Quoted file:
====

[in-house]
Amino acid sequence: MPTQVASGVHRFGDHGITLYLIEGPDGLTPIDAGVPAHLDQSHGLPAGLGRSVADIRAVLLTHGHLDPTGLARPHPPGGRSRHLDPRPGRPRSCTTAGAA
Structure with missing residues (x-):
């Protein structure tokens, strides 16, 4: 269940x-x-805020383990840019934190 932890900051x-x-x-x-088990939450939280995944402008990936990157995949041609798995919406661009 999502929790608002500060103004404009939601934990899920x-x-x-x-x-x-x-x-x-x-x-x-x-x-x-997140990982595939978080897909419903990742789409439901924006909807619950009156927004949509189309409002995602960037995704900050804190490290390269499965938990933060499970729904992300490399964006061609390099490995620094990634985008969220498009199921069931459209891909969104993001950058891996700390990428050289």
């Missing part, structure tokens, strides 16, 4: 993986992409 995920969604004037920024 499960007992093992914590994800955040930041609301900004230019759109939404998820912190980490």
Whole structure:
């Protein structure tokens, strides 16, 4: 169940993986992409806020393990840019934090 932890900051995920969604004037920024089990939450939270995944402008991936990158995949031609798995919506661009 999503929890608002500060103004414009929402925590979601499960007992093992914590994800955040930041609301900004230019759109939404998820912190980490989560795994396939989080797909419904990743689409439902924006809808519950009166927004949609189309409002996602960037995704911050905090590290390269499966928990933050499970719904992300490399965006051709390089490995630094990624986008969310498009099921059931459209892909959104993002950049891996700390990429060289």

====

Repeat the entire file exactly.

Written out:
[in-house]
Amino acid sequence: MPTQVASGVHRFGDHGITLYLIEGPDGLTPIDAGVPAHLDQSHGLPAGLGRSVADIRAVLLTHGHLDPTGLARPHPPGGRSRHLDPRPGRPRSCTTAGAA
Structure with missing residues (x-):
């Protein structure tokens, strides 16, 4: 269940x-x-805020383990840019934190 932890900051x-x-x-x-088990939450939280995944402008990936990157995949041609798995919406661009 999502929790608002500060103004404009939601934990899920x-x-x-x-x-x-x-x-x-x-x-x-x-x-x-997140990982595939978080897909419903990742789409439901924006909807619950009156927004949509189309409002995602960037995704900050804190490290390269499965938990933060499970729904992300490399964006061609390099490995620094990634985008969220498009199921069931459209891909969104993001950058891996700390990428050289």
């Missing part, structure tokens, strides 16, 4: 993986992409 995920969604004037920024 499960007992093992914590994800955040930041609301900004230019759109939404998820912190980490």
Whole structure:
């Protein structure tokens, strides 16, 4: 169940993986992409806020393990840019934090 932890900051995920969604004037920024089990939450939270995944402008991936990158995949031609798995919506661009 999503929890608002500060103004414009929402925590979601499960007992093992914590994800955040930041609301900004230019759109939404998820912190980490989560795994396939989080797909419904990743689409439902924006809808519950009166927004949609189309409002996602960037995704911050905090590290390269499966928990933050499970719904992300490399965006051709390089490995630094990624986008969310498009099921059931459209892909959104993002950049891996700390990429060289």